The Times has a piece this morning entitled "Why Are There So Many Single Americans?" in which we learn that a bare majority (51%) of adult women are not living with a spouse, and nearly as many (49%) men are not. The fact that women live longer, and thus typically live as widows for several years is one factor. But the main factors appear to be class and its surrogate, education. It used to be that educated women were considered unmarriageable. (Remember that canard?) Not so. It turns out that educated men do want someone with whom they can talk intelligently after all (or at least, someone intelligent to raise the children).
Statistics show that college educated women are more likely to marry than non-college educated women — although they marry, on average, two years later. The popular image might have been true even 20 years ago — though generally speaking, most women probably didn’t boil the bunny rabbit the way Ms. Close’s character [in "Fatal Attraction"] did in 1987. In the past, less educated women often “married up.” In “Working Girl,” Melanie Griffith triumphs. Now, marriage has become more one of equals; when more highly educated men marry, it tends to be more highly educated women.
Educated women also seem not only more likely to evntually marry, but to stay married. Why does this "marriage gap" between the classes rise with age?
Why have things changed so much for women who don’t have the choices that educated women have? While marriage used to be something you did before launching a life or career, now it is seen as something you do after you’re financially stable — when you can buy a house, say. The same is true for all classes. But the less educated may not get there.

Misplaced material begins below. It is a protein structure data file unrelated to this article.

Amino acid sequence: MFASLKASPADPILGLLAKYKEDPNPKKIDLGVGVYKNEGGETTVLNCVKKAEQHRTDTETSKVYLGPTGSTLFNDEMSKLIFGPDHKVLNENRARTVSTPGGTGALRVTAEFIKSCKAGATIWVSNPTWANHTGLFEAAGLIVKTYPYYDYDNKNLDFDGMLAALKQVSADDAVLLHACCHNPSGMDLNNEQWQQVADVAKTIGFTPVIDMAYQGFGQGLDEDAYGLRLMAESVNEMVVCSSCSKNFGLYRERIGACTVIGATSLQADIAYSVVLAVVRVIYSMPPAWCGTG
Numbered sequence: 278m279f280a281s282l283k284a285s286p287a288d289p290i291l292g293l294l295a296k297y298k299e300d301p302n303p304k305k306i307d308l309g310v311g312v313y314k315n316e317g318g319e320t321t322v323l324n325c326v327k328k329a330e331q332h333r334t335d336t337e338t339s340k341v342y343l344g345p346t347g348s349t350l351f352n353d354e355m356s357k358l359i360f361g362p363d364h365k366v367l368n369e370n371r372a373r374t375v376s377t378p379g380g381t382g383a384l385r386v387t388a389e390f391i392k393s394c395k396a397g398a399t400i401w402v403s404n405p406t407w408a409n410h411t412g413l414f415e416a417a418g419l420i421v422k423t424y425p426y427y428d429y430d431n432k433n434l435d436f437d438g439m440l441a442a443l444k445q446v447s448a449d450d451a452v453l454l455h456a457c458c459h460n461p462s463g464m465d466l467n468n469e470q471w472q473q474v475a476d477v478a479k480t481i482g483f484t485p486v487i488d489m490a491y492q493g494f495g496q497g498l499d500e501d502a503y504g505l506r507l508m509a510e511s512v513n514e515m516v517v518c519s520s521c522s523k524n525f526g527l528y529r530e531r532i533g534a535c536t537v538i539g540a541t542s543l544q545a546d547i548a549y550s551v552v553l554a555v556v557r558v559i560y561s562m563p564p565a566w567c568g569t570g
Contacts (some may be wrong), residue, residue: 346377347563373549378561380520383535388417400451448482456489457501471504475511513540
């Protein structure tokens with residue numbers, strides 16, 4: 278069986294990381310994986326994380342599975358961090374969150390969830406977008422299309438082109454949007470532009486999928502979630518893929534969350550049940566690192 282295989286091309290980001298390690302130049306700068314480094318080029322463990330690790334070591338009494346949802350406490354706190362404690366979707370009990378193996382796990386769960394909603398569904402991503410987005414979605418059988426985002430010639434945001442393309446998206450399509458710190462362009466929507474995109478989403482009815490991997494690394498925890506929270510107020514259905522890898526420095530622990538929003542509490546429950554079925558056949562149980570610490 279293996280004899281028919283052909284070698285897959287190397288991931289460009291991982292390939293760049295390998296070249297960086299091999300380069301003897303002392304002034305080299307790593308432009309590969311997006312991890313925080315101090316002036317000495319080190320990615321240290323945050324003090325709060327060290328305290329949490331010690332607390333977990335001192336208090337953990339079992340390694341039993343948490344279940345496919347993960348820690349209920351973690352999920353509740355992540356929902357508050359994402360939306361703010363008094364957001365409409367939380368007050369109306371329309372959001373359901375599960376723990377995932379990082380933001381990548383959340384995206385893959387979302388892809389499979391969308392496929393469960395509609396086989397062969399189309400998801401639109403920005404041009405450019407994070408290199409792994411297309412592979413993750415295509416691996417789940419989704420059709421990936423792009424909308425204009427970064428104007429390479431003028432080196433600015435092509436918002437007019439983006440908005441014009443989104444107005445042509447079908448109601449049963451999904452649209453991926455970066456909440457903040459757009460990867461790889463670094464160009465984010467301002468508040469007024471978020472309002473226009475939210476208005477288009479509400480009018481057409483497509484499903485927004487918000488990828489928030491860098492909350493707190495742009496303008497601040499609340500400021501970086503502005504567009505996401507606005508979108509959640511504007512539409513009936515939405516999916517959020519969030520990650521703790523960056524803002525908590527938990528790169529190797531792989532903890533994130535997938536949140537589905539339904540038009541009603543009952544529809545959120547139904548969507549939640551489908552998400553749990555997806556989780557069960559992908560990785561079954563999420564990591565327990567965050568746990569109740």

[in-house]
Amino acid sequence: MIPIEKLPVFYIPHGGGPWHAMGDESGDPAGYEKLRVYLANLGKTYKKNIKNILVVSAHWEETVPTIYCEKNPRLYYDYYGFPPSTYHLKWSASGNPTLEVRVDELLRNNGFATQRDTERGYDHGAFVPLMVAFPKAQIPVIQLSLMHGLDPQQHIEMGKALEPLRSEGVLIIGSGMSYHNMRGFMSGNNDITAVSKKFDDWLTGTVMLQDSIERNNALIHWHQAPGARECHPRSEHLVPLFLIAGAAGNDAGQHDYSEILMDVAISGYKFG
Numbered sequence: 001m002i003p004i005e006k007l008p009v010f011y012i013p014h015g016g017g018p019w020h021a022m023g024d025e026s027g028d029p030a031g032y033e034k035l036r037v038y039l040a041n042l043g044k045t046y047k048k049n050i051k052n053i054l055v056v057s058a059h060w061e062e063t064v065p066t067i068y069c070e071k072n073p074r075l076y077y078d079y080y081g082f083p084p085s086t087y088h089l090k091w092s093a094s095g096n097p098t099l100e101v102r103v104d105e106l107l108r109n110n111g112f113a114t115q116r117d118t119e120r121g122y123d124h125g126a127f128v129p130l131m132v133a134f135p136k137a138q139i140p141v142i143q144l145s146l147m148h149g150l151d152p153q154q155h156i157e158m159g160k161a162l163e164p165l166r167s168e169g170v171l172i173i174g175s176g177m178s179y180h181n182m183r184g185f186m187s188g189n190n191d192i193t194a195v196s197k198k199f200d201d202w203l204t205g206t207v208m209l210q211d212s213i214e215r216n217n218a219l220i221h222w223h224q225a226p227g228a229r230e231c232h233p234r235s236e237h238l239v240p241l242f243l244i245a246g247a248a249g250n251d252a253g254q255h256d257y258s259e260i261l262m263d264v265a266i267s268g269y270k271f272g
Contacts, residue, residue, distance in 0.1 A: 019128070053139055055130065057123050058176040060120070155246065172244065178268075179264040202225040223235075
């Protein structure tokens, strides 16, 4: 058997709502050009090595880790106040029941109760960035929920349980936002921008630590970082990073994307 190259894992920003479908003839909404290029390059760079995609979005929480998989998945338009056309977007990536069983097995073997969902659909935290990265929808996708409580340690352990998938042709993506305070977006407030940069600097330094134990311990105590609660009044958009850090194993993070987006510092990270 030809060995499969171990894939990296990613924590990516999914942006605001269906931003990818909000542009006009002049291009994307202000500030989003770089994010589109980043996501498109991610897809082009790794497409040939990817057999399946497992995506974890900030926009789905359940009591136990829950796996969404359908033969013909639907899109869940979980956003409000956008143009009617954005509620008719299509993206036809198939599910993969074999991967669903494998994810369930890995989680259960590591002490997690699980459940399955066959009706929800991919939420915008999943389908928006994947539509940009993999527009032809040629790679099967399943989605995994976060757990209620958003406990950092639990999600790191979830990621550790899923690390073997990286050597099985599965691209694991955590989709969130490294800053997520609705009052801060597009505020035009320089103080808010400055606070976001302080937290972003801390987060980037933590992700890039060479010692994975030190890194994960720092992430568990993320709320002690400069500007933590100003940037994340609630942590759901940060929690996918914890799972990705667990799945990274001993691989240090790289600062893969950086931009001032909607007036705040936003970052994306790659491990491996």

“Women are saying, ‘I’m not ready, I want to work for a while, the guys I hang around with don’t make enough money and they don’t want a commitment,’ ” Mr. Jencks said. “It’s the same thing a lot of African-American women in poor neighborhoods are saying."
The marriage gap between the classes is not so great among younger men. Both educated and uneducated young men are typically averse to commitment, the author states. But after 35, the percentage of married, educated men is 12 percentage points higher than the percentage of married but uneducated men.
Why should we care? Among other reasons, because marriage attaches a person to society as a whole, and unattached males are much more likely to engage in anti-social behavior than women or attached men. Marriage, by contrast, makes people happier (on average) and more stable. (It has reportedly even been used to defuse terrorists.) By making marriage difficult for less educated (read, lower class) people, we are creating yet another source of social instability. (Interestingly, this is also the best policy argument for gay marriage--if marriage is good (on balance) for individuals and society, why deny its benefits to a whole class of people? Doesn't this actually hurt society as well as the individuals involved?)
The decline of marriage among the less educated creates philosophical dilemmas for both liberals and conservatives. The difficulties in entering into and remaining in a marriage are psychological and cultural as well as economic, but economics surely plays a major role. For conservatives who see marriage as the core social institution, supporting economic policies that provide a safety net and are more family-friendly brings them into direct conflict with pro-business free marketeers.
But the studies that document the stabilizing effects of marriage on adults as well as children may give pause to liberals as well. Witness the turnaroud on divorce among educated women, 65% of whom now think divorce should be made more difficult. And it also exposes the lie at the core of libertarianism--we are not islands, but social beings who need connection and thrive in communities.